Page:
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I want to split an integer of type unsigned long long to its digits. Any comments and suggestions are always welcome.

#include <iostream>
#include <string>

#include <vector>

using namespace std;

vector<unsigned short> IntegerDigits(unsigned long long input)
{
    vector<unsigned short> output;
    const unsigned short n = log10(ULLONG_MAX);
    unsigned long long divisor = pow(10, n);
    bool leadingZero = true;

    for (int i = 0; i < n + 1; i++)
    {
        unsigned short digit = input / divisor % 10;
        if (!leadingZero || digit != 0)
        {
            output.push_back(digit);
            leadingZero = false;
        }
        divisor /= 10;
    }

    return output;
}

void main()
{
    vector<unsigned short> output = IntegerDigits(ULLONG_MAX);

    cout << ULLONG_MAX << ": [";
    for (auto y : output)
        cout << y << ", ";
    cout << "\b\b]";

    cout << ""<<endl;

}
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    \$\begingroup\$ short n = log10(ULLONG_MAX) will this be rounded up or down? Why? \$\endgroup\$ – greybeard Oct 31 at 6:33
  • \$\begingroup\$ @greybeard: Down. Because log10(ULLONG_MAX) + 1 represents "the max number of digits" for unsigned long long. \$\endgroup\$ – Money Sets You Free Oct 31 at 6:40
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    \$\begingroup\$ What if ULLONG_MAX was 2⁶⁶ (2³³×2³³)? \$\endgroup\$ – greybeard Oct 31 at 6:44
  • \$\begingroup\$ @greybeard the max number of digits becomes 20. What is the problem? \$\endgroup\$ – Money Sets You Free Oct 31 at 6:51
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    \$\begingroup\$ The problem is that a rounded up pow(10, n) may not be "losslessly" assignable to an unsigned long long. \$\endgroup\$ – greybeard Oct 31 at 7:54
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Avoid mixing floating point and integer arithmetic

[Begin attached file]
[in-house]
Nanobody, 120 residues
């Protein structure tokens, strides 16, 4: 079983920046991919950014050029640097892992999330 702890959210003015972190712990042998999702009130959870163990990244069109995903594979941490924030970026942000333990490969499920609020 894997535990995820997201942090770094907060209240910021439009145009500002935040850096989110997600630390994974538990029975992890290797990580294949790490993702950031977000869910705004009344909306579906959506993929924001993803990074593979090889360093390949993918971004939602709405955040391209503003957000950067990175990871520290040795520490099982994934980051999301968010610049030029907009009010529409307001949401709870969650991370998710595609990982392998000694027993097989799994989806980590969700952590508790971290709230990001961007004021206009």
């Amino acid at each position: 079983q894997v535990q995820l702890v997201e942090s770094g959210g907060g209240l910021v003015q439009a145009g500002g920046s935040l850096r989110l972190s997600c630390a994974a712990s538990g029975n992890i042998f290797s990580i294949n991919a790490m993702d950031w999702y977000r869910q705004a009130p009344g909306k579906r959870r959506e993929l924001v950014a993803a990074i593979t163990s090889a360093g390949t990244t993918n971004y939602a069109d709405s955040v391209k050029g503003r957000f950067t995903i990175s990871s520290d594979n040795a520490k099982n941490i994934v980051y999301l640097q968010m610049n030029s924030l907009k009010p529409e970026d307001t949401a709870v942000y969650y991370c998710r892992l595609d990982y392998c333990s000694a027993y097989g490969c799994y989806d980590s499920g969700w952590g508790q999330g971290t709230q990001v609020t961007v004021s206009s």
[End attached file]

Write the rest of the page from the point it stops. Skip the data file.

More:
As mentioned by greybeard, there is a potential problem here:

const unsigned short n = log10(ULLONG_MAX);

ULLONG_MAX is larger than can be exactly represented by a double. This means the result might not be what you expect. The same goes for pow(10, n). While you can compensate for it, it is better to find a way to calculate the length of a number without using floating point math.

Keep it simple

Unless performance is a big concern, keep it simple. You don't have to know the number of digits up front if you push trailing digits to the front of the vector, like so:

vector<unsigned short> IntegerDigits(unsigned long long input)
{
    vector<unsigned short> output;

    while (input)
    {
        output.insert(output.begin(), input % 10);
        input /= 10;
    }

    // Handle input being equal to 0
    if (output.empty())
    {
        output.push_back(0);
    }

    return output;
}

Pushing to the front of a std::vector is less efficient, but on the other hand you don't need the double<->int conversions, and you don't need to handle the leading zeros inside the loop.

Avoid using std::endl

Prefer using "\n" over std::endl, the latter is equivalent to the former, but also forces a flush of the output, which can be bad for performance.

Avoid backspaces in the output

You used a neat trick to get rid of the last comma without having to have extra logic inside the for-loop in main(). However, consider that the output might not just be for human consumption, but is written to a file and/or is parsed by another program. In that case, the \b characters are probably unexpected and might cause problems.

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    \$\begingroup\$ Where is push_front defined? \$\endgroup\$ – Money Sets You Free Oct 31 at 8:30
  • \$\begingroup\$ I changed to stack instead of vector because push_front has not been defined in vector. :-) \$\endgroup\$ – Money Sets You Free Oct 31 at 8:51
  • \$\begingroup\$ Ehr oops, I meant insert(output.begin(), ...)! \$\endgroup\$ – G. Sliepen Oct 31 at 10:16
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    \$\begingroup\$ Better to just append and then reverse in-place? \$\endgroup\$ – Deduplicator Oct 31 at 19:43
  • \$\begingroup\$ Or use a std::deque. The are many ways one could do this, but since it's likely only a few digits will be stored, I don't think it's going to matter much. This is where I would just keep the simplest approach, and only change it when performance becomes a bottleneck and measurements have shown that this function is a big contributor. \$\endgroup\$ – G. Sliepen Oct 31 at 21:03
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As @G. Sliepen said, I also want to reiterate, when performance isn't a problem, ensure to make the code as simple as possible.

A modified version using stack might be written like this

void separate_digits( stack<int> &s, long long int digits )
{
    while( digits != 0 ) 
    {
        s.push( digits % 10 );
        digits /= 10;
    }
}

Displaying the digit would just require you to pop the stack, which as we know takes constant time

void print_separated_digits( stack<int> &s ) 
{
    while( !s.empty( ) )
    {
        std::cout << s.top( ) << " ";
        s.pop( );
    }
}
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